Egypt’s National Telecommunications Regulatory Authority (NTRA) expects to receive official interest on its sale of four fourth–generation (4G) mobile network licenses from the country’s telecoms operators in the enar future.

It is understood that Telecom Egypt’s (TE’s) board has “tentatively” approved plans to buy a 4G licence, having expressed a plan to launch 4G services within a year of receiving the required frequencies.

It was also reported in July that TE was discussing an EG£5bn ($560m) loan with local banks to fund its 4G licence acquisition.

TE is the monopoly fixed line service provider, which has also been granted a unified telecoms licence that would allow it to offer mobile services. It currently maintains 44.9 per cent shareholding in Vodafone Egypt, one of the country’s three mobile network operators (MNOs). The other MNOs include the Egyptian subsidiaries of Orange (France) and Etisalat (UAE).

It is not clear if the three MNOs are planning or willing to buy the licence at the price offered by the NTRA.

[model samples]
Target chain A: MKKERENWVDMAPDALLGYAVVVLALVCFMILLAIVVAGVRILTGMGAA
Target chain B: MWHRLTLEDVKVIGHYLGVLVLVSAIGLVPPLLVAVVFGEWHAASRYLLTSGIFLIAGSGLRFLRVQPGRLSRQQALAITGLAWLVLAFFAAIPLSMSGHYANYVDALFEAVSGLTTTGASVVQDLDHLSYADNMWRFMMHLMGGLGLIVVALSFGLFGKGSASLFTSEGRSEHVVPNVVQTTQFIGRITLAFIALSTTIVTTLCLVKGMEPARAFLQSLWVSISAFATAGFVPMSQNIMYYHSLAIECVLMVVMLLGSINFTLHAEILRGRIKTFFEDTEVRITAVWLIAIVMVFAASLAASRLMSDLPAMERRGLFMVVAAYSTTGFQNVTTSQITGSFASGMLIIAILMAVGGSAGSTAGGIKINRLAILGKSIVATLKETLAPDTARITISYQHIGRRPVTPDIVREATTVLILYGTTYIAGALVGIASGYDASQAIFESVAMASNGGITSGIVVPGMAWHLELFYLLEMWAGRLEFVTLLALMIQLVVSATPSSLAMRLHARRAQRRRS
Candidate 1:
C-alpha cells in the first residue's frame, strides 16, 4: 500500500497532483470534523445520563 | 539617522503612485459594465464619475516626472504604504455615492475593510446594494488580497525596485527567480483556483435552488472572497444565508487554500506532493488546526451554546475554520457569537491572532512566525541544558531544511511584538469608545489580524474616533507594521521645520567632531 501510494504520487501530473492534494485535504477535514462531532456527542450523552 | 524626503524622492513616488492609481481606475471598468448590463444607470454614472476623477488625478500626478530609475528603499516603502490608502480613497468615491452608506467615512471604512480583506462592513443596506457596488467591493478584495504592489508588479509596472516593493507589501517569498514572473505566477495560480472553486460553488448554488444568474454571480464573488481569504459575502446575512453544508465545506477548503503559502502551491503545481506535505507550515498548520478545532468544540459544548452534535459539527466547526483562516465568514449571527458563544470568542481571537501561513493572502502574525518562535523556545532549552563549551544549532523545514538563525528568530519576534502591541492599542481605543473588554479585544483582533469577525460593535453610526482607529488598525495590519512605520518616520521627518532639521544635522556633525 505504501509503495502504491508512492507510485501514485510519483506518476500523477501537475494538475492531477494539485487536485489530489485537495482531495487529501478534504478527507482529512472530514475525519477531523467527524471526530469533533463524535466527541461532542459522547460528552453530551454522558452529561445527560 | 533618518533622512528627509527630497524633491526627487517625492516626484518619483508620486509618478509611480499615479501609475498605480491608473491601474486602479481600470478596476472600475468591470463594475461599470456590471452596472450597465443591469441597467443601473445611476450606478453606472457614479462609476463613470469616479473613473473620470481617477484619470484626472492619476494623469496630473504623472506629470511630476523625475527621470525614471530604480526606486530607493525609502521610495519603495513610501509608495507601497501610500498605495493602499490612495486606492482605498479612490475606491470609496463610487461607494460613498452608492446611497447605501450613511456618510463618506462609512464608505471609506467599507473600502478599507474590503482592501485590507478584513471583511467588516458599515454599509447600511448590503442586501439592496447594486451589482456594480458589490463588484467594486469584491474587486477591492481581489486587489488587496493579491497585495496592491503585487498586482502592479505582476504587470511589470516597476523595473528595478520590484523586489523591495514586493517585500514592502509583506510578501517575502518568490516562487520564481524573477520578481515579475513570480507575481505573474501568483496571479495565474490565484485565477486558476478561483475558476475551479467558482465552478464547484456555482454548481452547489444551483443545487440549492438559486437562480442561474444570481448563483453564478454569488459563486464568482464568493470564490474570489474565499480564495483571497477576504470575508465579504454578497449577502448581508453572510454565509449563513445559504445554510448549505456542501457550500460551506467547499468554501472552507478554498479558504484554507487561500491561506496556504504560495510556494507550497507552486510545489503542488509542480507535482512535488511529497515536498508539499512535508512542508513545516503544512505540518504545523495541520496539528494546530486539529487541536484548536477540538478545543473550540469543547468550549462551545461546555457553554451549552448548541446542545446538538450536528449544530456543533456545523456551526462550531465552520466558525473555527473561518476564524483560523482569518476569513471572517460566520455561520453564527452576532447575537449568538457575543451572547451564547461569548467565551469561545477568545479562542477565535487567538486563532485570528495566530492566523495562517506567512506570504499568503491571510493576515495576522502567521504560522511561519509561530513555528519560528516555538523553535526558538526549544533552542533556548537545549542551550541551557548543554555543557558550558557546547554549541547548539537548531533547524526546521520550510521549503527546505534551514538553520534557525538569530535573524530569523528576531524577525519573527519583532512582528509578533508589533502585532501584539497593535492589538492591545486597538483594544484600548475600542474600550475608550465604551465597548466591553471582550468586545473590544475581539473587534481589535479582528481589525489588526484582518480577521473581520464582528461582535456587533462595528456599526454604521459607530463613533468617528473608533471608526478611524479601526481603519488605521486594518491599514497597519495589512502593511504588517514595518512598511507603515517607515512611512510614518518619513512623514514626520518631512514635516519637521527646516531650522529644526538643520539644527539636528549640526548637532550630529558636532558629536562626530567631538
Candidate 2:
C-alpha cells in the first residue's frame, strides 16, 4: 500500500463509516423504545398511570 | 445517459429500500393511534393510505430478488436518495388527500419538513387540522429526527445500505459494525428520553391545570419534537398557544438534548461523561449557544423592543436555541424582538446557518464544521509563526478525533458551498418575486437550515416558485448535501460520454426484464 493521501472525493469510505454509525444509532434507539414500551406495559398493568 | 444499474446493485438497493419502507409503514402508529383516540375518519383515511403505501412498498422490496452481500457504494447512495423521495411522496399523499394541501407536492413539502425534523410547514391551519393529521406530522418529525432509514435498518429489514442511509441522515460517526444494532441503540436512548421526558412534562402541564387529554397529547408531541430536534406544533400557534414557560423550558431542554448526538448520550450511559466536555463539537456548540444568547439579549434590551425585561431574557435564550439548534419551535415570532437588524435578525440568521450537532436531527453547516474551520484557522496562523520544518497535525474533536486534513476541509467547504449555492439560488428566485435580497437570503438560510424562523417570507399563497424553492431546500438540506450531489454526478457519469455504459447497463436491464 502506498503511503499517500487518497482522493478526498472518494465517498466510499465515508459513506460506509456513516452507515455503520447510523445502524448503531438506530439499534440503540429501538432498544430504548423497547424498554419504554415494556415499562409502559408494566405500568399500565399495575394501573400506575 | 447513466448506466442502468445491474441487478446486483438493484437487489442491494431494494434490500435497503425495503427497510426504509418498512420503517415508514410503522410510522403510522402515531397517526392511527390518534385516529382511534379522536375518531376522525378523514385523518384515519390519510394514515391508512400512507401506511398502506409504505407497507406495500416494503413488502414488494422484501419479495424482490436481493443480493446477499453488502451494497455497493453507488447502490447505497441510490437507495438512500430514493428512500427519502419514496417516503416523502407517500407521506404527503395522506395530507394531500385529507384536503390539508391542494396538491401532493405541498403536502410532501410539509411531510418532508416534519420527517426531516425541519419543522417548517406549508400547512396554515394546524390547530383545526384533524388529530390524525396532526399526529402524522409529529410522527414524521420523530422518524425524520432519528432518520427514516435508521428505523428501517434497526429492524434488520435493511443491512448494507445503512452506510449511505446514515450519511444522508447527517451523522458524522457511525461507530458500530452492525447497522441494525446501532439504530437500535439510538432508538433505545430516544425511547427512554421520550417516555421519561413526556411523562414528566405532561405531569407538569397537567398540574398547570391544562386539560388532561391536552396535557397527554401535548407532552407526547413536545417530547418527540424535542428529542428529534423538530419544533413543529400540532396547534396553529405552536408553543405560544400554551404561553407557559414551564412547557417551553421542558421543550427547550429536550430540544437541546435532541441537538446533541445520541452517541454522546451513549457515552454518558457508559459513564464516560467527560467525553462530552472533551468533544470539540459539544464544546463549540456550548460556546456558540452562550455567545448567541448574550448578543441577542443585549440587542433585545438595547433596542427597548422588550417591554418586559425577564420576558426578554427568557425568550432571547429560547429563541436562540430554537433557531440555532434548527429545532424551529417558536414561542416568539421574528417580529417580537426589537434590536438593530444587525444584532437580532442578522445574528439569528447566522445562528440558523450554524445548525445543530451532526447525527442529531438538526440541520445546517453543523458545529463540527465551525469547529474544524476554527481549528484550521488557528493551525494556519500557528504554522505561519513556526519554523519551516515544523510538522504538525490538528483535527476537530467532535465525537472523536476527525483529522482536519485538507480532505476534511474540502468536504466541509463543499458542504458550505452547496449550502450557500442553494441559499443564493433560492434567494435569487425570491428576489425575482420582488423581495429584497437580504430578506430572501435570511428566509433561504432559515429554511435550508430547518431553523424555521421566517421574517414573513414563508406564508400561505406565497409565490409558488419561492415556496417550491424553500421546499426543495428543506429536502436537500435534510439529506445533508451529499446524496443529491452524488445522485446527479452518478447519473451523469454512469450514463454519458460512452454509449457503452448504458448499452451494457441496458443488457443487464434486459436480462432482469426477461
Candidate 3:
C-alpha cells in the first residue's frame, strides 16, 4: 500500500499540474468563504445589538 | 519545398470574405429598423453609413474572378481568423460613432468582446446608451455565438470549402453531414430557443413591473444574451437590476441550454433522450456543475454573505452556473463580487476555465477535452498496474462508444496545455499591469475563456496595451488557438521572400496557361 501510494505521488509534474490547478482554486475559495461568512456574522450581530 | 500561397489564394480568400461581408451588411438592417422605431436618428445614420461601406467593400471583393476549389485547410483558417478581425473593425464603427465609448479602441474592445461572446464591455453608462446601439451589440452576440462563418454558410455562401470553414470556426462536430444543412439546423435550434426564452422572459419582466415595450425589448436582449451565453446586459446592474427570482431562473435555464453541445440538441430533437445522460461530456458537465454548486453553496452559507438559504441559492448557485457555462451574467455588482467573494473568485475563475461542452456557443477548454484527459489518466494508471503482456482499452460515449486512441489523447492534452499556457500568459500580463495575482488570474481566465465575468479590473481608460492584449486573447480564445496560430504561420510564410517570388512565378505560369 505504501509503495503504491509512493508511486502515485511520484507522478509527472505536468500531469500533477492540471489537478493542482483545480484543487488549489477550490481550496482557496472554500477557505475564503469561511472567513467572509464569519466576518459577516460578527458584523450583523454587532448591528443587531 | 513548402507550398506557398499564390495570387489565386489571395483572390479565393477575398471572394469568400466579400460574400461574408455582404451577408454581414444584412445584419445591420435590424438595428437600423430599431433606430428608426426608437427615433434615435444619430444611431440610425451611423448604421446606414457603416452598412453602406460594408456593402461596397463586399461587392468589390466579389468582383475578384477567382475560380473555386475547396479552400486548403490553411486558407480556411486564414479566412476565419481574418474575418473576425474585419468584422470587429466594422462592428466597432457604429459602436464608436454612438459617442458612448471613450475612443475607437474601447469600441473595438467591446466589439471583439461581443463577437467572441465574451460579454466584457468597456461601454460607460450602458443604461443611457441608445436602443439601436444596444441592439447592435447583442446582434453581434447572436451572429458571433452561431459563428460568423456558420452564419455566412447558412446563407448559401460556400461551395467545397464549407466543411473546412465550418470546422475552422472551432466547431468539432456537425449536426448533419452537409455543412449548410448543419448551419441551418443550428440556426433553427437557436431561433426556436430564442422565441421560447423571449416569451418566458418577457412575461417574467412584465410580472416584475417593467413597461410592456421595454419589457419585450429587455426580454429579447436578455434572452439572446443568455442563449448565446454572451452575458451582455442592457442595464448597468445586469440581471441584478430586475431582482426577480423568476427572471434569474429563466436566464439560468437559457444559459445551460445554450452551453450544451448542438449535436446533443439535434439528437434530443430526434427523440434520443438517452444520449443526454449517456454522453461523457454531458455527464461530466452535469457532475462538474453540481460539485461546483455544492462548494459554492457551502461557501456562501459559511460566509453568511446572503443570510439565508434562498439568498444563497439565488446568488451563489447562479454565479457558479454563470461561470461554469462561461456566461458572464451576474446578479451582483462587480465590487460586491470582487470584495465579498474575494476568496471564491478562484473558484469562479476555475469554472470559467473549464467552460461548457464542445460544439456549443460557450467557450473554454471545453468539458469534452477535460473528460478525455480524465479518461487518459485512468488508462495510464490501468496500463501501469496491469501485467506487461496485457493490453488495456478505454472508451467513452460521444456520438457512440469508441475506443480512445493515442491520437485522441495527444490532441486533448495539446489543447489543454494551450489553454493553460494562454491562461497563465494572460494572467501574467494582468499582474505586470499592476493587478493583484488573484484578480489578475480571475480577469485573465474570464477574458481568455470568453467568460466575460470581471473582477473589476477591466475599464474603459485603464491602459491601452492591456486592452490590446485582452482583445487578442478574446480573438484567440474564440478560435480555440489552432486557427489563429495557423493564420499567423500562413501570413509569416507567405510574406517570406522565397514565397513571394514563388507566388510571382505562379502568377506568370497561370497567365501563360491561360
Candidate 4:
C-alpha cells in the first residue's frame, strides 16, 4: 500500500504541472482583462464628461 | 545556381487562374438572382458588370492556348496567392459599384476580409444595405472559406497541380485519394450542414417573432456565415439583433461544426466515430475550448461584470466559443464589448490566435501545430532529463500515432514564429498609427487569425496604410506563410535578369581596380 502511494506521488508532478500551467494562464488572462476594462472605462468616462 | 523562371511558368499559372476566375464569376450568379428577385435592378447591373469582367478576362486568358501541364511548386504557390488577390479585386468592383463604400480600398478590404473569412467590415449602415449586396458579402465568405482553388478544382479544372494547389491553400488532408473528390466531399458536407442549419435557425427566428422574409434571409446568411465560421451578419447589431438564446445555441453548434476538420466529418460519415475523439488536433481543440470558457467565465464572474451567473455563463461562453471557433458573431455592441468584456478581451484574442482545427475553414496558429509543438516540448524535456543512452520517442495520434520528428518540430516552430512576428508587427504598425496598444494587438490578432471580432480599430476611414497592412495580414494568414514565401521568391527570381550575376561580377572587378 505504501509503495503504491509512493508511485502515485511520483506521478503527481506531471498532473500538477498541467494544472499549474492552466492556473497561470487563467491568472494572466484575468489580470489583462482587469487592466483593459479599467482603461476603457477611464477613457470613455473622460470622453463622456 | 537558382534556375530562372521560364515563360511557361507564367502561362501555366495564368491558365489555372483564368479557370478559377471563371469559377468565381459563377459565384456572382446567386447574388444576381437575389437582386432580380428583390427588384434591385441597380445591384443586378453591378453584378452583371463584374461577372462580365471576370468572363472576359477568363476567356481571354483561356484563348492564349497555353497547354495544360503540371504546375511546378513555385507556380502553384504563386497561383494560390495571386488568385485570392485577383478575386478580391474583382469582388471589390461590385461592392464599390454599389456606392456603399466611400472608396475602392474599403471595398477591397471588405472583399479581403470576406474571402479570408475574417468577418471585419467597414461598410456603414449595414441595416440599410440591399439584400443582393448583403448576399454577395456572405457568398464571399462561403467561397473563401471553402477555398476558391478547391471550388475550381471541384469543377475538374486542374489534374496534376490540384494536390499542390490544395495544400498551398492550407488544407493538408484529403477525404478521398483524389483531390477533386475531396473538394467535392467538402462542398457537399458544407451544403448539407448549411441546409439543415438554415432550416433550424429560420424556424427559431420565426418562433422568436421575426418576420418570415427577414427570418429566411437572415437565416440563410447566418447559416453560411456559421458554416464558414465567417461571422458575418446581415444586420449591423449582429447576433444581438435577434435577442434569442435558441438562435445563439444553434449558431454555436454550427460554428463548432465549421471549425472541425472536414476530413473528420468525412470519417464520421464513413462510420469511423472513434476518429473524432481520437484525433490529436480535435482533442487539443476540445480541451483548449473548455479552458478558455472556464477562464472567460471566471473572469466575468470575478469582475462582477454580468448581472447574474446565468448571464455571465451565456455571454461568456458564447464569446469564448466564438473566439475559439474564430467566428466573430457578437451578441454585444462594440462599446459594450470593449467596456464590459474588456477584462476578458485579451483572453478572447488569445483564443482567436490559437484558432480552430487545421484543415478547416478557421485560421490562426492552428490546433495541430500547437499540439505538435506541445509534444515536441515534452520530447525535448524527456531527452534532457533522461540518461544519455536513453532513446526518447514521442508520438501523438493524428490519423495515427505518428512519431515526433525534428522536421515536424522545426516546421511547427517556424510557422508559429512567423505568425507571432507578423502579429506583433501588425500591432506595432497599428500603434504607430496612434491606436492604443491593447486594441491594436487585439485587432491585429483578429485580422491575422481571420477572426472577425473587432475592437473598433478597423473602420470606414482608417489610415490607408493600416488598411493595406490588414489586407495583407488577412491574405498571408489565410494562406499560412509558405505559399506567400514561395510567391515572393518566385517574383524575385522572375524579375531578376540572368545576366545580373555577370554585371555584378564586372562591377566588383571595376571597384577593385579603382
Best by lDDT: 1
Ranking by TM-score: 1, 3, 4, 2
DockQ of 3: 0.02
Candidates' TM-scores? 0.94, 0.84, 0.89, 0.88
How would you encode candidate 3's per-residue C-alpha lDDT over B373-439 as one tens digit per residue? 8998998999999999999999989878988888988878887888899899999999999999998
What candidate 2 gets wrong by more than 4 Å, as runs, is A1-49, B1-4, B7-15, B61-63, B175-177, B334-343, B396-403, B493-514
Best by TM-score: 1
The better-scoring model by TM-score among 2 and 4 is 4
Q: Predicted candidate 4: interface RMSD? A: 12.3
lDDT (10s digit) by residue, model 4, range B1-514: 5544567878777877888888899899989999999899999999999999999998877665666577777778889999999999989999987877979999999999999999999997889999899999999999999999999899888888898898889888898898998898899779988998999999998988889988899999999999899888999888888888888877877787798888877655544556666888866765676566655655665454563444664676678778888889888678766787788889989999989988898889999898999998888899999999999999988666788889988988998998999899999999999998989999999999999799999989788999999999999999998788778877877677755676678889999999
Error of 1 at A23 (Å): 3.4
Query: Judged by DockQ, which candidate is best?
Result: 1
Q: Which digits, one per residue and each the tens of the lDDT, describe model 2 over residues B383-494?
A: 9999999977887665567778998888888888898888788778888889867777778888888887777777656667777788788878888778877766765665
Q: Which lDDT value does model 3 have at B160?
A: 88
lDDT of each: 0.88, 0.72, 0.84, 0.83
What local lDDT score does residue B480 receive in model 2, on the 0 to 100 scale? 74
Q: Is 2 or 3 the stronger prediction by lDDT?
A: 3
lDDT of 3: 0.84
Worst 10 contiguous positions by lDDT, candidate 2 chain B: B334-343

An anonymous source in the finance sector, however, has indicated in July that Etisalat Egypt has been in discussions with banks about a similar-sized load ($560m).

Vodafone Egypt is understood to be “currently studying the 4G licence draft”. The company’s external and legal director Khaled Hegaz told local media that it was too early to review financing options for any purchase.

Presenting a strong contrast to the hesitation of Egypt’s MNOs in acquiring the licence, Kuwait-based Zain has formally indicated an interest to participate in bidding for the licence.

Zain informed the Kuwait Stock Exchange on 18 July that it has sent an official letter to Egypt’s Communications Ministry to “discuss the possibility of applying for the 4G licence”.

The older 3G remains the dominant mobile network in Egypt.

Other countries in the Middle East and North Africa with significantly smaller population compared to Egypt have already deployed more advanced versions of 4G.